Hi Janus,
thank you for your comment: I really appreciate it!

I can get your perplexity about the "overengineering" of the Text component.
Let me try to clarify your doubts.

The Text component in this context has too much implementation, it's true. Just two things:

  • This is a simple example;
  • This is a small application.

Having a component like this can bring some advantages.

Consistency

You have to think the this component is meant to be used and used and used... If you need to use it several times, then you must a have a consinstent component with the same size, the same font-family, the same color and so on. It's really hard to have this kind of consistency without using a component.

Let me give you one example:

<template>
   <span class="text-component size-big weight-medium family-primary color-secondary">
      {{myAwesomeText}}
   </span>
<template>

This means that, when you need to write something, to have texts which are consinstent you have to apply the same classes. Everytime. And this is not a smart approach neither stable, because it's very buggy (try to imagine what could happen writing the weight-medium class 50 times).

Automatic updates

Futhermore, with a reusable component, if you want to change a class or a default value, you just need to modify the component itself and the changes will be automatically reflected everywhere.
Having reusable components is very useful, especially in design systems.

Anyway, I want to give you a suggestion: do not put your focus on the Text's implementation; put it on the usage. The implementation is made only once, but the usage might be done n times.

Collapse
floede profile image
Janus Hasseriis

I'm sorry, but I don't think your example makes sense.

Of course, reusable components are useful. Very much so.
But you are talking about making an entire component only for text elements.

In your post, you describe making a molecule that combines a label with an input. That's fine.
But you gain nothing from having the label as a generic text component with type=label over just writing <label class="input-field__label"/>.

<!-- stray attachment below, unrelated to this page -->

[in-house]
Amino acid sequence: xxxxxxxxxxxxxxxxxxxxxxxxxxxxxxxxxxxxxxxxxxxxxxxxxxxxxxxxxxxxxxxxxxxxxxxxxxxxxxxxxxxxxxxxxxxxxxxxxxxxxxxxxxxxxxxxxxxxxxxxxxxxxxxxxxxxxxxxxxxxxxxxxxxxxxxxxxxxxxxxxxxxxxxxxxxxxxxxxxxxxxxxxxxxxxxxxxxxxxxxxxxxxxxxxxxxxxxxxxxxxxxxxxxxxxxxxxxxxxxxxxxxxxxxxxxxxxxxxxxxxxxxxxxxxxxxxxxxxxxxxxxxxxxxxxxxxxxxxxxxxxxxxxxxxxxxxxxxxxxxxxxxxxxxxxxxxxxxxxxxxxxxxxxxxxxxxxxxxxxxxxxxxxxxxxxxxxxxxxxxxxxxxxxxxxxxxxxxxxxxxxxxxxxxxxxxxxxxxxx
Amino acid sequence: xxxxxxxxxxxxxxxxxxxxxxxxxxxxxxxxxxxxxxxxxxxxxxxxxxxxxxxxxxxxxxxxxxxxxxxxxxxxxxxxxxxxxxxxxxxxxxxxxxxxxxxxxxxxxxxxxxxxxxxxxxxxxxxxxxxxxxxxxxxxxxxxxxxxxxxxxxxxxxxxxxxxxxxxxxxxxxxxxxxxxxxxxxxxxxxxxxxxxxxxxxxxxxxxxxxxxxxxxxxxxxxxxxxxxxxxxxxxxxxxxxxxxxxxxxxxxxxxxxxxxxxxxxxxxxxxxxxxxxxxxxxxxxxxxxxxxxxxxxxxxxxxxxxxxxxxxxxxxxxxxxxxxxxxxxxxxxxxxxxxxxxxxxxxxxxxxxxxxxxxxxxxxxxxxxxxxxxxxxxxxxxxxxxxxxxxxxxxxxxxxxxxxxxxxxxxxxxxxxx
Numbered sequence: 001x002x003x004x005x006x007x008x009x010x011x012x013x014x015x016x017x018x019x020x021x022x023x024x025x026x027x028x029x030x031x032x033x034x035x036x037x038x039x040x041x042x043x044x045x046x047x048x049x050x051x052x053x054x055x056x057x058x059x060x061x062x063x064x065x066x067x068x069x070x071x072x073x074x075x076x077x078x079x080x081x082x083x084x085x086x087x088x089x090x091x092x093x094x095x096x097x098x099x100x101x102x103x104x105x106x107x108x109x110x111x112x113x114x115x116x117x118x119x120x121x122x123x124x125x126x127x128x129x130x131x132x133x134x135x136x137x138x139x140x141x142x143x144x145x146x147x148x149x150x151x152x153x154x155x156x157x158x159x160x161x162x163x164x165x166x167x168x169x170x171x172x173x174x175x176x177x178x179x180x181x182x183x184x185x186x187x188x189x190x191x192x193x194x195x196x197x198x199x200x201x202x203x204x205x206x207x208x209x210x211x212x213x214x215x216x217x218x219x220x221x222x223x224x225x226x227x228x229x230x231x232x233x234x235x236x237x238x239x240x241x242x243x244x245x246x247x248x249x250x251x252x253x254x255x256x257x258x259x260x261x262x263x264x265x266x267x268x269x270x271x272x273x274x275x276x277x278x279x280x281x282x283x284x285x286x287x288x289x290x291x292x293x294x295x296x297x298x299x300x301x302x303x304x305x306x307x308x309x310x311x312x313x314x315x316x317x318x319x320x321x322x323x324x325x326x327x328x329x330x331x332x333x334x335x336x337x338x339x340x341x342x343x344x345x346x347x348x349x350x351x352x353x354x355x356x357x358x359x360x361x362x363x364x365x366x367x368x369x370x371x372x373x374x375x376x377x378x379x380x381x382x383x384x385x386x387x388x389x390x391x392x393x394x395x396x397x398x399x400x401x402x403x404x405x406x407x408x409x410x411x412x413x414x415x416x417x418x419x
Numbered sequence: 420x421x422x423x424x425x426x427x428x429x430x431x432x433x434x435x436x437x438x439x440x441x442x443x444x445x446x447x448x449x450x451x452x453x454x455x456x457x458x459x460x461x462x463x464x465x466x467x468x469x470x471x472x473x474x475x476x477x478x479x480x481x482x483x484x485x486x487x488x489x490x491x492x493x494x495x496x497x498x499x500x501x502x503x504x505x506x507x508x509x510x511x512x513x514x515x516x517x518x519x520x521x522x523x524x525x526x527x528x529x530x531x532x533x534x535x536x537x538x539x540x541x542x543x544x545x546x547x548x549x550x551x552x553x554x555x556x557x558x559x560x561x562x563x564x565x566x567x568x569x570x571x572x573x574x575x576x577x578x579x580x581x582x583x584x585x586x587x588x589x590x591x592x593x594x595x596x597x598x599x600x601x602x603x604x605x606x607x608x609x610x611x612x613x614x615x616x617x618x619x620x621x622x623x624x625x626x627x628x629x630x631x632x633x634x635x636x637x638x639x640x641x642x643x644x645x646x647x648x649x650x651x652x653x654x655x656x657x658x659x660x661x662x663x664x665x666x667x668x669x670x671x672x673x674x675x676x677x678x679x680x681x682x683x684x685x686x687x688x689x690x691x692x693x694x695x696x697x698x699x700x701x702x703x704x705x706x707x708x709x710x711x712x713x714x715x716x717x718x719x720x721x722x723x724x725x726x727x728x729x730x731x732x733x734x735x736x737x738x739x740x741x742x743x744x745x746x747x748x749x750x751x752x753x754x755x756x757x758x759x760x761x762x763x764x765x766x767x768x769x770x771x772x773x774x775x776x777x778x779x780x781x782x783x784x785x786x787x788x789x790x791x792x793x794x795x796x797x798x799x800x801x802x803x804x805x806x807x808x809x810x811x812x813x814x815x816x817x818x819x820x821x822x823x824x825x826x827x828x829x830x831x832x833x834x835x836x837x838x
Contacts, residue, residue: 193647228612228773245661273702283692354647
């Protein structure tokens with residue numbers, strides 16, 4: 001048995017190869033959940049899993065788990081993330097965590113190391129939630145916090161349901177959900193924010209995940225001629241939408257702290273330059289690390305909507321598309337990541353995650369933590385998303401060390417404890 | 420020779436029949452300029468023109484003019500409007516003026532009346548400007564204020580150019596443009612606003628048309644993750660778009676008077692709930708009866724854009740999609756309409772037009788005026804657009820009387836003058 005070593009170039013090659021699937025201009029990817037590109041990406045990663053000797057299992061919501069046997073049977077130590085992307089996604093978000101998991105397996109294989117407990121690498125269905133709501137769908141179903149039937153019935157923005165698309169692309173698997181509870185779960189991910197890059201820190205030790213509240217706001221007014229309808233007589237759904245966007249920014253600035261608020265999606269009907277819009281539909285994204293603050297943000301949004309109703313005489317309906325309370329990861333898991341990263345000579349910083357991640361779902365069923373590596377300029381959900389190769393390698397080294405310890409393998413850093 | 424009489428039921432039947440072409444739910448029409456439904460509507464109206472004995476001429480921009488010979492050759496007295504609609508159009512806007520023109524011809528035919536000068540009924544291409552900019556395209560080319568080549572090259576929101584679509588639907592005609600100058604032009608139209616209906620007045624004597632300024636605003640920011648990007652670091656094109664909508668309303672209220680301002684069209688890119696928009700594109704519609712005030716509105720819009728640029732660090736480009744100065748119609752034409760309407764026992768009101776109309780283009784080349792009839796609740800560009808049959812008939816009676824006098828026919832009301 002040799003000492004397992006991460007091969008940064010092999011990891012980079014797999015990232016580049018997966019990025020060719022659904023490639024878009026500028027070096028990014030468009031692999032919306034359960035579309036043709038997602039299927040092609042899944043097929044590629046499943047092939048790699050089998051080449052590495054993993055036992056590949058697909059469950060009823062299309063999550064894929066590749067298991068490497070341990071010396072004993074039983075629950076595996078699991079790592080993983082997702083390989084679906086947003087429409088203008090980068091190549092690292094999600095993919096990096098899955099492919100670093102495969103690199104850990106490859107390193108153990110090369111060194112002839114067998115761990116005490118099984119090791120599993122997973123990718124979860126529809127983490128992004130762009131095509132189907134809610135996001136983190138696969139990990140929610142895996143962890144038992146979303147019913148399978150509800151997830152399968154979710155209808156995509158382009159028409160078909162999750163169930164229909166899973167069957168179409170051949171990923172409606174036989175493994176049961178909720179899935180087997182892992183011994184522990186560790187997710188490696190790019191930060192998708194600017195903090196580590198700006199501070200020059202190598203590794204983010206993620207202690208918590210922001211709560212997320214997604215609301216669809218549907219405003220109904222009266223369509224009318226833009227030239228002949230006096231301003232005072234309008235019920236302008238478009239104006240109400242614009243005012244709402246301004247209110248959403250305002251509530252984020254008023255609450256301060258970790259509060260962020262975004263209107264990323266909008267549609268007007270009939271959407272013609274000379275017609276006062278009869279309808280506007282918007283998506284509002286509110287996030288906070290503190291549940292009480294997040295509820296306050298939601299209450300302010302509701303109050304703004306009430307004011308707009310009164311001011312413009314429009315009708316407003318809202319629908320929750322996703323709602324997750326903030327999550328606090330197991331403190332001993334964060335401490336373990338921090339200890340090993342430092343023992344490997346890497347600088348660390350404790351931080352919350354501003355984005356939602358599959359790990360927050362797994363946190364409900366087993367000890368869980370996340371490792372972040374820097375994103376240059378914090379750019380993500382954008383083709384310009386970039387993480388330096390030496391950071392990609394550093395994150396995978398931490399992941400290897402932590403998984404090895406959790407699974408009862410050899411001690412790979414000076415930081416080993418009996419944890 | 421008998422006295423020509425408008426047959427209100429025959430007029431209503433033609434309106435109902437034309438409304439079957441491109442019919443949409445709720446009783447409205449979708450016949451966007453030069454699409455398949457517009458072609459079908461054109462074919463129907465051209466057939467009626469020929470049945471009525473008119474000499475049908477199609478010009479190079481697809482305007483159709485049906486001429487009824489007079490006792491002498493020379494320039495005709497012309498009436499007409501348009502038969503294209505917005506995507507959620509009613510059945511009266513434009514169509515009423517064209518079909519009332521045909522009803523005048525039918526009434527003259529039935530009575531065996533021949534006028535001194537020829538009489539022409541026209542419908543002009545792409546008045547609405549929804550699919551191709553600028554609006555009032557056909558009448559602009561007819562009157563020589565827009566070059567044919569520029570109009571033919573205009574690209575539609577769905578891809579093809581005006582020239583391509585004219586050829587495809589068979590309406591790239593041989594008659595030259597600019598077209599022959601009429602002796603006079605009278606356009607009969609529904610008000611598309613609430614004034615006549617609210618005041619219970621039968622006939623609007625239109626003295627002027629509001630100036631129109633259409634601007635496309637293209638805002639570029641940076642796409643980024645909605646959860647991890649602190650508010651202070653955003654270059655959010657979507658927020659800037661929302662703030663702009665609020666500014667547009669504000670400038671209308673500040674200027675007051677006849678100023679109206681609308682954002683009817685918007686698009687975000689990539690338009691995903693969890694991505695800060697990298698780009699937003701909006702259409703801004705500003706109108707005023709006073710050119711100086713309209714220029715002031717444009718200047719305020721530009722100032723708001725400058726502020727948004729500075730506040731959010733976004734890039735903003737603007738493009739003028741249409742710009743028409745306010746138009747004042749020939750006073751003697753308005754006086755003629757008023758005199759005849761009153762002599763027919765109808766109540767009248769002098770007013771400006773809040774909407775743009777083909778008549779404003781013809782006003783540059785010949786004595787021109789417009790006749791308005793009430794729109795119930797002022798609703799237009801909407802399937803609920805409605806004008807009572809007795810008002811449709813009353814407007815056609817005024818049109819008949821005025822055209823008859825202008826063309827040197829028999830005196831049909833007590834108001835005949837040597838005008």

Everything you said about changing the label in one place still applies.

And if you want to have consistent <p>'s you put a standard style for paragraphs in your stylesheet.

Your long example of five different classes implies that a <span> could have other classes. That would be exactly the same with a text component type=span.
So again, it's not actually simpler.

But of course, you should write your code however you see fit :-)

Collapse
luardo profile image
Luis Eduardo

How would you bind the events which are concerning the input fields? Would you bubble up all the events?
Or let's say I want to dispatch an action to my reducer. I should do this from my smart component while the Button (dumb component) is a child 3 levels bellow. So, when I click this button, should I have an onClick event that will go from the atom and then to the molecule and then to the organism and then to the page? Or how would you solve this?

Collapse
wvandam profile image
Wouter van Dam

While I am a fan of applying atomic design to components, I have to disagree with you about it helping with code organisation - at least in the manner you propose.

At first it does help, when the application is small. However, down the road - when the application is larger and you get back to a feature after 6 months - not having the related components together creates mental overhead.

For our next project we will keep using atomic design, but we're looking into better ways to organise our components. We'll probably go back to feature folders and depending on the size of the feature the components will be either prefixed or put in subfolders according to their atomic type.

An added benefit is that it's a step closer to breaking a feature out into a separate npm package.

Collapse
adinancenci profile image
Adinan Cenci

Why would write a component just to wrap a single html element adding no new functionality?

This is insanity

Collapse
monas profile image
Laimonas

What if one day You will decide to use some Bootstrap component instead of simple input? Or some other component library like Vuetify? Having this seperation gives You a freedom to do it very fast and easy. This is the point of having own abstraction.
By the way iconButton could be considered as molecule which cosists of button atom and icon atom ;)
Naming stuff well is hard and if You can put some system in place for that it can payoff in a large long term project. It is very easy to go wrong with component spliting. I have seen it many times. So if you think that things will never change think twice.

Collapse
adinancenci profile image
Adinan Cenci

Then that day I will have to revise the code, native html or component. Way to overcomplicate things

Thread Thread
sanfra1407 profile image
Giuseppe Sanfrancesco Author

And that day you'll have to search and replace it in the whole code. ;)

Collapse
lordsayur profile image
Omar

In app.vue, how are we going to create 2 way binding between the input data inside the component with data declared in app.vue?